Into The Last Summer Break

The sun beats down like a hammer on this city, splintered into blades cutting through the gaps in the trees. I see the million moving stabs of light on the pavement, and my shadow moves through them bobbing and pinned to my feet, unaffected and living on a different realm. The afternoon traffic goes past me with its sounds and vapors. Today, I decided not to take the bus home and just walk the mile. Because, there was no other option. I spent all of my bus-money on the twenty rupee feast in the canteen – the worst burger, glass-bottle soda and a bag of chips. It was one last splurge with my friends before I would see them again after the summer.

The energy of the last day of school before the summer break is different from the one before the winter break, and far from the one before the final exams at the end of the academic year. The other days always came with some anxiety about what lay ahead, but the lack of worry today would reflect in everyone’s mood and actions. No amount of holiday homework could faze us, it would all be done the week before the school reopened anyway. I bet the teachers felt the same too, a break from this state-backed madness.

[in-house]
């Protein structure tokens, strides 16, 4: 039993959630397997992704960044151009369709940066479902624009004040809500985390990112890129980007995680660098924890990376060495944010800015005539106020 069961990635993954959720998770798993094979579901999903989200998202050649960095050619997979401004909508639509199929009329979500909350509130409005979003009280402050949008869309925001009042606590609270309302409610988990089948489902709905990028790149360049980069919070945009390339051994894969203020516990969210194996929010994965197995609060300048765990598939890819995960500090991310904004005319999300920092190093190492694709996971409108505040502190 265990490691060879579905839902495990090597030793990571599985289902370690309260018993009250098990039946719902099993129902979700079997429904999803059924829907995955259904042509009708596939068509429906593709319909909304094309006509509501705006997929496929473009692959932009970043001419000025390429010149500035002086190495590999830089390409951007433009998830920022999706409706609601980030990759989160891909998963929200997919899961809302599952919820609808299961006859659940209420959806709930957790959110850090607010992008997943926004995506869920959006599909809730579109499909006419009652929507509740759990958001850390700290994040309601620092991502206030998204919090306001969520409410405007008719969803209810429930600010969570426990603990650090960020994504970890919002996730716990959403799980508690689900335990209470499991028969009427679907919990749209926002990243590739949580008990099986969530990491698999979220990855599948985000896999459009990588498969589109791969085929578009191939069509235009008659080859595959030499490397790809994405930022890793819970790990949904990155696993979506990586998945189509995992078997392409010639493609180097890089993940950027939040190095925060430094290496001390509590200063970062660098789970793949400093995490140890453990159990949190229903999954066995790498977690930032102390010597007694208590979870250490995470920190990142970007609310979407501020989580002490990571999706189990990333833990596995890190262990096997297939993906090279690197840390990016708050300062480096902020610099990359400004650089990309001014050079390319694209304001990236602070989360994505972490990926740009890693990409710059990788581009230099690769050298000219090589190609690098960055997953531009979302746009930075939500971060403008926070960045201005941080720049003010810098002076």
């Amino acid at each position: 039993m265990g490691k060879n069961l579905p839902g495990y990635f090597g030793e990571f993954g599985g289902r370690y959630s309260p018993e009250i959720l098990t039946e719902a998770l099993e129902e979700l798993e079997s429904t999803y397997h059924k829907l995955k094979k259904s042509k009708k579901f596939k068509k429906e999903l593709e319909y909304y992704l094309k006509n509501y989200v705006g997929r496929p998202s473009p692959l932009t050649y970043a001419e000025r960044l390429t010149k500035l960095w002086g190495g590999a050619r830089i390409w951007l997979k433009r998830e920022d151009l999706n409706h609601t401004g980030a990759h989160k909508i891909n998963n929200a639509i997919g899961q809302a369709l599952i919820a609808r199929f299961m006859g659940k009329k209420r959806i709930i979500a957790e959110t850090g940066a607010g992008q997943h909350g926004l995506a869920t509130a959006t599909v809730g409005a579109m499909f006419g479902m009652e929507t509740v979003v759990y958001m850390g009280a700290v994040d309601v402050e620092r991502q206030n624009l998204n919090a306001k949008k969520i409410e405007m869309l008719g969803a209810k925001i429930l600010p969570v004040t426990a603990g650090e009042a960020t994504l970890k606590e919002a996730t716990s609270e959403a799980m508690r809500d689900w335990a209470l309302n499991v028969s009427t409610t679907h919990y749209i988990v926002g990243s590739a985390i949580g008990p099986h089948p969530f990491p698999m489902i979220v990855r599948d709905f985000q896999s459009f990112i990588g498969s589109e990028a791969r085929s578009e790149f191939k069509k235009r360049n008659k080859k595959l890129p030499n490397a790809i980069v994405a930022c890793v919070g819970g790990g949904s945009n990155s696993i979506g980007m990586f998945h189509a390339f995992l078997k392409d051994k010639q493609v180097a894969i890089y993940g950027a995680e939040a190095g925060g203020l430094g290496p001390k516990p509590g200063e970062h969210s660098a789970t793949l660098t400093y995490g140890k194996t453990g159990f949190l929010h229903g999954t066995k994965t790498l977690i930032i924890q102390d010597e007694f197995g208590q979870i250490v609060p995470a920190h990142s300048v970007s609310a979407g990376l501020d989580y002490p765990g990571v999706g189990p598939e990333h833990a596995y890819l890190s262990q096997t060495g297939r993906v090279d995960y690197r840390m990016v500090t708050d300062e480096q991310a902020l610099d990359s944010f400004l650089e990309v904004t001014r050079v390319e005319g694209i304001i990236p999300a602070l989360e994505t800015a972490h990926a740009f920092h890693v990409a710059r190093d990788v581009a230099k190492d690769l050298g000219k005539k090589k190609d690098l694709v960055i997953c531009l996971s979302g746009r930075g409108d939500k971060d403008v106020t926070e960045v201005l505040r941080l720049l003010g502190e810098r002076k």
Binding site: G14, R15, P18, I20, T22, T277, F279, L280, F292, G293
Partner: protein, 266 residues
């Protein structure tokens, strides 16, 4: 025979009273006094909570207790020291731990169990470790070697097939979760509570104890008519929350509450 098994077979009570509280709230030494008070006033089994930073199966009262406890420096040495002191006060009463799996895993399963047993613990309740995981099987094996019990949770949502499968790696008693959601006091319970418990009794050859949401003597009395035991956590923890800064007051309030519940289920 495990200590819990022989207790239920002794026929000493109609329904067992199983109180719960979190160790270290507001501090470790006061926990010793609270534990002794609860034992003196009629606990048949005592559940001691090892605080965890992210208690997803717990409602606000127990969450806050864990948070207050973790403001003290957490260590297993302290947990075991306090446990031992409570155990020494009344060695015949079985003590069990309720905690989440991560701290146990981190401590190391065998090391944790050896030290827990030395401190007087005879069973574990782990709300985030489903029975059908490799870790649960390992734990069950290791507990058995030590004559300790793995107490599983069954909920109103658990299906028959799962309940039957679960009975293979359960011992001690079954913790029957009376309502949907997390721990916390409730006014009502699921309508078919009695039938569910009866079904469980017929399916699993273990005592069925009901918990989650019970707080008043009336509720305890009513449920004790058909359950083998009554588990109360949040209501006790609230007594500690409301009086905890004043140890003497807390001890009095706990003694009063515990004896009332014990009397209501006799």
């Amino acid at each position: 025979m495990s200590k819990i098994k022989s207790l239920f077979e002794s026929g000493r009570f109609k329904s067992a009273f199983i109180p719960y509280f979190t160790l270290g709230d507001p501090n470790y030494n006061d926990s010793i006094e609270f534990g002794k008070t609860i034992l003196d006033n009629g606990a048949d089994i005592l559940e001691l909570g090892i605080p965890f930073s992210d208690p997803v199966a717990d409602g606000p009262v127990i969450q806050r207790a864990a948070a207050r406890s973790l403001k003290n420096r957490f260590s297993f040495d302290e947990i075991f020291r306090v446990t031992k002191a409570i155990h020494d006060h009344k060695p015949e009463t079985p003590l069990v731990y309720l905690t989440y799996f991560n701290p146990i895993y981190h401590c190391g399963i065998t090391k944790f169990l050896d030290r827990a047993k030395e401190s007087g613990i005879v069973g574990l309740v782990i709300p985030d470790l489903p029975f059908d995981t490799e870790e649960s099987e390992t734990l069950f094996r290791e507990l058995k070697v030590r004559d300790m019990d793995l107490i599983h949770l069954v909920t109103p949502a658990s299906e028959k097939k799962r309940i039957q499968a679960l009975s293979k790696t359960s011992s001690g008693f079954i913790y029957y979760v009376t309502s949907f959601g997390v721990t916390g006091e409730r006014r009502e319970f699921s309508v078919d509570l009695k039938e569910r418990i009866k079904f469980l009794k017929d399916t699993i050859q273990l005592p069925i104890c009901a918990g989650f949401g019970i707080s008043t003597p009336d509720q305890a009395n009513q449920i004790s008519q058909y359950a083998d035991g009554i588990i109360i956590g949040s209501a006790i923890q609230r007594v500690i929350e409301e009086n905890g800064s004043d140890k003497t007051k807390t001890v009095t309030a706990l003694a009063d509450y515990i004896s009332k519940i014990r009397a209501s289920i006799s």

The kids got out of control when the last class of the day would end, and the teacher left hurriedly with the ring of the bell. Some students would just be out of the gates even before the buses started rolling in, the privilege of straight up bunking, or having physical education, or Work-Ex class towards the end of this day. But, the fun awaited those who lingered around the campus – a fight, a dramatic proposal, or some student getting into trouble; no matter how late you left, there would always be something you missed out on. Today, we just threw water on each other and then threw the half-full uncapped plastic coke-bottles at the running ceiling fan. The ceiling fan would shoot it in random directions and someone would score a hit – bonus, if it was an unsuspecting girl. Double bonus if the rickety fan finally gave up and stopped working. It did not make sense, it didn’t have to make sense. By the end of it, the hot and humid classroom would be a minimalist’s art piece on teen-chaos, and we would have to get away from it before the cleaners arrived.

My shirt is still wet from this game, mixed with sweat and sticky-sweet droplets of Coke drying on my skin, now making a shower an absolute necessity when I get home. I can smell my toasted scalp, with wafts of sweaty uniform in between. The nylon-socks are itching, but I would experience the bliss of scratching my calves and shins only after reaching home. Balls would be second in order. The backpack is light, thankfully, as I had planned to not take any books with me today – it was a low-risk gamble for the occasion, so I could afford the being sent out of the class. I would have preferred it, actually, but I guess the teachers too knew of my tricks. The only thing in this beaten up schoolbag, apart from a notebook and a few assignment handouts, is my lunchbox. The half-eaten parantha in it would, on some previous years, be untombed not until the very end of the summer break. I must not forget about it. I hear it interrupt and randomly dampen the rattle of the metal spoon – its coinhabitant in that lunchbox, which was dancing to my strides.